Tree Sorrel or Bimbul, Bimbla as it is called is used in a variety of dishes as a souring agent in the South of India. The tree takes a couple of years to take root but the yield is enormous once it starts bearing fruit. High in Vitamin C, this fruit is also pickled in a variety of ways. Posting a very popular pickle enjoyed by the Konkani community. It goes well with Rice, Dosa, Roti and even as a spread over buttered Bread. A heartfelt thanks to my friend Mrs. Vijaya Shenoy who regularly supplies me with this delectable fruit.
- 1/2 kg Bimbul
- 200 gms Everest Kashmiri Lal Chilly powder
- 100 gms mustard
- 2 tbsps Turmeric powder
- 150 gms salt
- A marble sized piece of Hing /Asafoetida
- Boiled and cooled water.
Wash and dry the Bimbul thoroughly. Put them in a bottle and tip in the salt. Shake the bottle to spread the salt evenly. Cap it and keep shaking the bottle twice a day for two days. You will notice that the Bimbul releases water. Boil a litre of water and allow to cool thoroughly. With half a litre of water grind the chilly powder, mustard, Turmeric and Asafoetida to a smooth paste. Add more water if required while grinding. Drop this ground paste into the bottle. Mix well. The Masala should be of pouring consistency. If it is thick, thin it down with the remaining water. Cap the bottle and allow the Pickle to mature for a fortnight. Stays good for a year.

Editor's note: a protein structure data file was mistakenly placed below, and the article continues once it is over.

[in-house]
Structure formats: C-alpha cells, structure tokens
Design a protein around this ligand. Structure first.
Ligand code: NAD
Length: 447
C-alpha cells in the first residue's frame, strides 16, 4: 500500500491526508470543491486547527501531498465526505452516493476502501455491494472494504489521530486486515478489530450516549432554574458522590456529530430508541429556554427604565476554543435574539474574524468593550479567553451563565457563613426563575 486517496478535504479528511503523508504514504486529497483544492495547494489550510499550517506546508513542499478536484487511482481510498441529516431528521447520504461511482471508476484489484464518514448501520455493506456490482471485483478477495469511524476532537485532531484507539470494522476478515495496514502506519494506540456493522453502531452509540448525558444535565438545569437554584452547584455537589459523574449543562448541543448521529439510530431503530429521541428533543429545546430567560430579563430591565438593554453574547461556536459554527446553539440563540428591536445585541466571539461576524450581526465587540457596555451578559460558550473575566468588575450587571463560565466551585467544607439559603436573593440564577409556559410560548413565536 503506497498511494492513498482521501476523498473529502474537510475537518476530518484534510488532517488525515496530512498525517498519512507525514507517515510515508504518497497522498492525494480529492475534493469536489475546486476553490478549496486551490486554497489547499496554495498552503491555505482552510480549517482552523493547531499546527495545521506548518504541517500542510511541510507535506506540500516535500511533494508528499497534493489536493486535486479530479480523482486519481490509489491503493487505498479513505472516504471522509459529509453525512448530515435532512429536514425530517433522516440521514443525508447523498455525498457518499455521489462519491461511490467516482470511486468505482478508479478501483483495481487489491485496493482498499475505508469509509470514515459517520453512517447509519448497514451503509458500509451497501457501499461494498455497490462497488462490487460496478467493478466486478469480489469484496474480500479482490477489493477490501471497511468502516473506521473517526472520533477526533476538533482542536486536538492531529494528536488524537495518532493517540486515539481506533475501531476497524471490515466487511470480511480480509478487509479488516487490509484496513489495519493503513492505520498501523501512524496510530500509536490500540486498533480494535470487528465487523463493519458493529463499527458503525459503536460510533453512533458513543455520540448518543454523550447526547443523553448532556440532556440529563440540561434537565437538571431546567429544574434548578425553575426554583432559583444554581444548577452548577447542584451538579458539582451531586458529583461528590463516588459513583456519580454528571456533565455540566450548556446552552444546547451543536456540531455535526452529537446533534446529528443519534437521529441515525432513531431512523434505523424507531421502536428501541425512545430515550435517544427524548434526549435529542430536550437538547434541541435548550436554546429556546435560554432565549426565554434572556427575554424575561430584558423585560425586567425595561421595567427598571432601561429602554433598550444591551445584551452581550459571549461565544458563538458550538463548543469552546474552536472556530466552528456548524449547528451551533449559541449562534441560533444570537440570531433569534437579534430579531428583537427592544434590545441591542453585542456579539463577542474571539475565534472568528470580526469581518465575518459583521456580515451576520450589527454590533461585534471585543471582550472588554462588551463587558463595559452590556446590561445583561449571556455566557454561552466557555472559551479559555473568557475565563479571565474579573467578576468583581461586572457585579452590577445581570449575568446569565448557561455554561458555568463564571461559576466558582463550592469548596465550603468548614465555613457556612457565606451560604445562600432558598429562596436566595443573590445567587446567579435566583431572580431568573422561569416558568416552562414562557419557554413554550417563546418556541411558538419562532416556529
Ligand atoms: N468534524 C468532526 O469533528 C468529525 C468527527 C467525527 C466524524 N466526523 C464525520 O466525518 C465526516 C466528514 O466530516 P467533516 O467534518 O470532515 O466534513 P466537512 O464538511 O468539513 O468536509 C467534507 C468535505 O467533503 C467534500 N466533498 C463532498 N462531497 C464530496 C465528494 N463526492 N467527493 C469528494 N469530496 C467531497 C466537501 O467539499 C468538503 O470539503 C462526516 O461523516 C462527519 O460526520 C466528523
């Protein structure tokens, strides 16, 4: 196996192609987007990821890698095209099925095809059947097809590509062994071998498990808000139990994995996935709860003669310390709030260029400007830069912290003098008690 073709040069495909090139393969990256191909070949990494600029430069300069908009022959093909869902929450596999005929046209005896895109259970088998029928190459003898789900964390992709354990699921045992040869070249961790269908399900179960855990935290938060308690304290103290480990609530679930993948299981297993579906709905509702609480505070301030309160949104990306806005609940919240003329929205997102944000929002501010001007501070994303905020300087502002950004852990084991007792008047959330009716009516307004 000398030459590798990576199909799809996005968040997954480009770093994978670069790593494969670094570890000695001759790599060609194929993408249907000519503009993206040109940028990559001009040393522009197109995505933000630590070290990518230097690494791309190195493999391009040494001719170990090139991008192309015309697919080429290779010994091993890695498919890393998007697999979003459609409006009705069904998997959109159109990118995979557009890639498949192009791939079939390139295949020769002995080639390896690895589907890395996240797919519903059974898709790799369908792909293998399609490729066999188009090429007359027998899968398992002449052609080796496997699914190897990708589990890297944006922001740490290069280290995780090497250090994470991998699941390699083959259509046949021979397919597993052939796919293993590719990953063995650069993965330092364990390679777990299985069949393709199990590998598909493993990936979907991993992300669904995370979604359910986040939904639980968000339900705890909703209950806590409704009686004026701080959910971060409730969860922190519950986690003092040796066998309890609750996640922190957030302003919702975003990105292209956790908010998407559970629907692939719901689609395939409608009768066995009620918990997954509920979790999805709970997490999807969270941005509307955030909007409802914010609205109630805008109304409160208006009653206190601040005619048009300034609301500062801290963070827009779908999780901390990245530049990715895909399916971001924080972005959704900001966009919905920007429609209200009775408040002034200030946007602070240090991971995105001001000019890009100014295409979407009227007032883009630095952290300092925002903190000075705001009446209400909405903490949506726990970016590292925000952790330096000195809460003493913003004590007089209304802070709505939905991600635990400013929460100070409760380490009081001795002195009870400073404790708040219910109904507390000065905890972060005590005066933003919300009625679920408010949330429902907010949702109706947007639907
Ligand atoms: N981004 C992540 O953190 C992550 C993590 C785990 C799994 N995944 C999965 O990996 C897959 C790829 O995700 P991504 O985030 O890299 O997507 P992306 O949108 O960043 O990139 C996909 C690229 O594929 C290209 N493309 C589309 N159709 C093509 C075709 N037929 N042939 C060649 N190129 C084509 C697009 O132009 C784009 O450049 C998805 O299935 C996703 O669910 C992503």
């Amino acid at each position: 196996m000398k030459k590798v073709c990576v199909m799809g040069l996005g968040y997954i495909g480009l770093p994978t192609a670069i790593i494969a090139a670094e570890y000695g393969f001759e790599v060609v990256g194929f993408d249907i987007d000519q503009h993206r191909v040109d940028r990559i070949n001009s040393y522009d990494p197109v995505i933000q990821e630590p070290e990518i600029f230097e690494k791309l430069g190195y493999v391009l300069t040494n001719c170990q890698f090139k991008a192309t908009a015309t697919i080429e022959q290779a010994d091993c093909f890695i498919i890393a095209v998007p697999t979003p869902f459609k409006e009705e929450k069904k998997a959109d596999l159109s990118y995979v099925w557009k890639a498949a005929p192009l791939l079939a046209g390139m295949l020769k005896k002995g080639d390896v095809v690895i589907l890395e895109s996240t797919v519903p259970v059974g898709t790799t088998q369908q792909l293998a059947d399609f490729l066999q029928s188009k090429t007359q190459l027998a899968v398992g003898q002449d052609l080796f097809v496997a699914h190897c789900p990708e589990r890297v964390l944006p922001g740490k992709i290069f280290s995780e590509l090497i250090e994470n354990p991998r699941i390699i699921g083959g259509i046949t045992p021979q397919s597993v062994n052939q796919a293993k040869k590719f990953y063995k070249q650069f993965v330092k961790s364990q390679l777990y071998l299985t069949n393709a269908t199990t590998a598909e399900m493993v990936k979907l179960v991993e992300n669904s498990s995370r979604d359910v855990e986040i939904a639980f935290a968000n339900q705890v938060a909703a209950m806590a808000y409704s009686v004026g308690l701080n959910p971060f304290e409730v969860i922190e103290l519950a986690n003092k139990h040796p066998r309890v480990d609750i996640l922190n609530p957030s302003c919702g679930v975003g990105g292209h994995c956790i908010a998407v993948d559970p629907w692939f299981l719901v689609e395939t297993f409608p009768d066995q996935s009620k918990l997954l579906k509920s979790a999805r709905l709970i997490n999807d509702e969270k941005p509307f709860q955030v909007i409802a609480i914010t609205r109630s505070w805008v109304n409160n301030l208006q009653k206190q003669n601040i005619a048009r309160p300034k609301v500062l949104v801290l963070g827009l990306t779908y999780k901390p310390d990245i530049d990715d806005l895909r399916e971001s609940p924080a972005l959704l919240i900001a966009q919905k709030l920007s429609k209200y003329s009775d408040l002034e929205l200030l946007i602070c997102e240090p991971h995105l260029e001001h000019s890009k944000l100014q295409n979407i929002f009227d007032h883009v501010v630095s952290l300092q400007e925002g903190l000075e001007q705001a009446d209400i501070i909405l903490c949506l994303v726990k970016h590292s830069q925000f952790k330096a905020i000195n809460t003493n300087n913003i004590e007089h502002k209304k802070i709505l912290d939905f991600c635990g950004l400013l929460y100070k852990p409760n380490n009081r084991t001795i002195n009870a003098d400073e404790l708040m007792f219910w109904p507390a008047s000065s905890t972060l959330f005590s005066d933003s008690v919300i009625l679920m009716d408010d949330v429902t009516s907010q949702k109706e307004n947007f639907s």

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This is a simple stir fry of Cluster Beans/ Mitke Sang /Gavar which is very popular with the Konkani community. The seasoning changes depending upon individual preference. I like mine with a dash of jaggery to tone down the slight bitterness of the vegetable.
- 300 gms Cluster Beans
- 4 dry red chillies broken into bits
- 2 tbsps Jaggery syrup
- 1 tbsp Coconut oil (choice of oil)
- 1 tsp Mustard
- 3 tbsps grated Coconut.